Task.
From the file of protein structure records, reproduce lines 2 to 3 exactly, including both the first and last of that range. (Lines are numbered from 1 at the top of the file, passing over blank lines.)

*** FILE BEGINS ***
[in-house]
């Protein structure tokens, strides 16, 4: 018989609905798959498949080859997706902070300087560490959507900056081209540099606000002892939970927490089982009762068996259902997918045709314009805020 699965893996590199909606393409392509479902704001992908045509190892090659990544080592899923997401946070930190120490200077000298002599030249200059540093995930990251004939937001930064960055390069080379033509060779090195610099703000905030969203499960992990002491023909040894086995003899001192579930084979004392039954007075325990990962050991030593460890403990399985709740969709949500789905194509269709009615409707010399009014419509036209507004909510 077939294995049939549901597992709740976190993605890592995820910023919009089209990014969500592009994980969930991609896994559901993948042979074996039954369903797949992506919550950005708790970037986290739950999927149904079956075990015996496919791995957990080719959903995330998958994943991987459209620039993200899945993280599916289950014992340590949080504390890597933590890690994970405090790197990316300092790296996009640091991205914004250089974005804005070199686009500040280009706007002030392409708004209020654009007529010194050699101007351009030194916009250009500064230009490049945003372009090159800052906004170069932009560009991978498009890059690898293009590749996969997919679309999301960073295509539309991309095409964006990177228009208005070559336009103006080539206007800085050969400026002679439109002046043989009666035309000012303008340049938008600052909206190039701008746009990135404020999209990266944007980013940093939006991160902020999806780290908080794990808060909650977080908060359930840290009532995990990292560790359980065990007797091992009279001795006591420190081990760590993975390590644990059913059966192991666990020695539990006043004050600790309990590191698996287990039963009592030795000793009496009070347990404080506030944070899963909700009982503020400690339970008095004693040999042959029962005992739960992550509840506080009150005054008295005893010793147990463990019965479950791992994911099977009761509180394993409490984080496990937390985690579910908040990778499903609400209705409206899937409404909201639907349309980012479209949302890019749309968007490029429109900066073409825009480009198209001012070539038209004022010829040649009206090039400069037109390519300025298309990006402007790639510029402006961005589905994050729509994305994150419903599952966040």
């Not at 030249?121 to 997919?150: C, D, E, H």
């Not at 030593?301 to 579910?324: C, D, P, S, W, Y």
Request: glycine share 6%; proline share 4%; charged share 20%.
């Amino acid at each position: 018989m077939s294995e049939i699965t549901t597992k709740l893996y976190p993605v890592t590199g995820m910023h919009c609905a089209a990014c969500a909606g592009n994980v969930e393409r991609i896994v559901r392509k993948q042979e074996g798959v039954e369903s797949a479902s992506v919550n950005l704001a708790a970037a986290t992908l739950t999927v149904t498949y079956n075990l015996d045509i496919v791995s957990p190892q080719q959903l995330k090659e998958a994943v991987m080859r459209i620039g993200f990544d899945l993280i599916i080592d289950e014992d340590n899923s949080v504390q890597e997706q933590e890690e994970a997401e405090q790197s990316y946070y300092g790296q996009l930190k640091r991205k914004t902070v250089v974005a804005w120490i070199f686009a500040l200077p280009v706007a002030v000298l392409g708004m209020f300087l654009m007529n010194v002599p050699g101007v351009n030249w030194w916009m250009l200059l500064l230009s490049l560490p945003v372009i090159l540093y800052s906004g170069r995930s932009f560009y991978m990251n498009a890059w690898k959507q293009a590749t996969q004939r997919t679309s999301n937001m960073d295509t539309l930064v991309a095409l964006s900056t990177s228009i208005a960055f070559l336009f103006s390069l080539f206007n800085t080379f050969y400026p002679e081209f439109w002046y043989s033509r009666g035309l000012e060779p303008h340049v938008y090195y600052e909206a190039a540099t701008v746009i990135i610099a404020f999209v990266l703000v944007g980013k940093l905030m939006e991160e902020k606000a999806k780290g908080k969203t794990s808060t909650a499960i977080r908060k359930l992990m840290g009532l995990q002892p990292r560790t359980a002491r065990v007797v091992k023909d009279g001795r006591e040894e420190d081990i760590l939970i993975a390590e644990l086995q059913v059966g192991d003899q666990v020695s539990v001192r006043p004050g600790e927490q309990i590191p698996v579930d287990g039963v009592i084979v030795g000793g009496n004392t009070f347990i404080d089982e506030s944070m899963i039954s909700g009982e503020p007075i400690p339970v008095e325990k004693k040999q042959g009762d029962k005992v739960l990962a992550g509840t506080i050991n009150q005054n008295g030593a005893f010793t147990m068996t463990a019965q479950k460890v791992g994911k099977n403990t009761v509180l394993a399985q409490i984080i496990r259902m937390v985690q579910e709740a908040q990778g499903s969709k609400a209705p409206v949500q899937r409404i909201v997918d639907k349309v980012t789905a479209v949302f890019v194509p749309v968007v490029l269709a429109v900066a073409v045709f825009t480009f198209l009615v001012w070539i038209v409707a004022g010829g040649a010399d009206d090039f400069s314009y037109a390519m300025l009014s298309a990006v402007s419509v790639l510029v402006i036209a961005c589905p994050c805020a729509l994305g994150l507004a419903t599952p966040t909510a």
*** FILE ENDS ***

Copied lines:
């Protein structure tokens, strides 16, 4: 018989609905798959498949080859997706902070300087560490959507900056081209540099606000002892939970927490089982009762068996259902997918045709314009805020 699965893996590199909606393409392509479902704001992908045509190892090659990544080592899923997401946070930190120490200077000298002599030249200059540093995930990251004939937001930064960055390069080379033509060779090195610099703000905030969203499960992990002491023909040894086995003899001192579930084979004392039954007075325990990962050991030593460890403990399985709740969709949500789905194509269709009615409707010399009014419509036209507004909510 077939294995049939549901597992709740976190993605890592995820910023919009089209990014969500592009994980969930991609896994559901993948042979074996039954369903797949992506919550950005708790970037986290739950999927149904079956075990015996496919791995957990080719959903995330998958994943991987459209620039993200899945993280599916289950014992340590949080504390890597933590890690994970405090790197990316300092790296996009640091991205914004250089974005804005070199686009500040280009706007002030392409708004209020654009007529010194050699101007351009030194916009250009500064230009490049945003372009090159800052906004170069932009560009991978498009890059690898293009590749996969997919679309999301960073295509539309991309095409964006990177228009208005070559336009103006080539206007800085050969400026002679439109002046043989009666035309000012303008340049938008600052909206190039701008746009990135404020999209990266944007980013940093939006991160902020999806780290908080794990808060909650977080908060359930840290009532995990990292560790359980065990007797091992009279001795006591420190081990760590993975390590644990059913059966192991666990020695539990006043004050600790309990590191698996287990039963009592030795000793009496009070347990404080506030944070899963909700009982503020400690339970008095004693040999042959029962005992739960992550509840506080009150005054008295005893010793147990463990019965479950791992994911099977009761509180394993409490984080496990937390985690579910908040990778499903609400209705409206899937409404909201639907349309980012479209949302890019749309968007490029429109900066073409825009480009198209001012070539038209004022010829040649009206090039400069037109390519300025298309990006402007790639510029402006961005589905994050729509994305994150419903599952966040």
């Not at 030249?121 to 997919?150: C, D, E, H």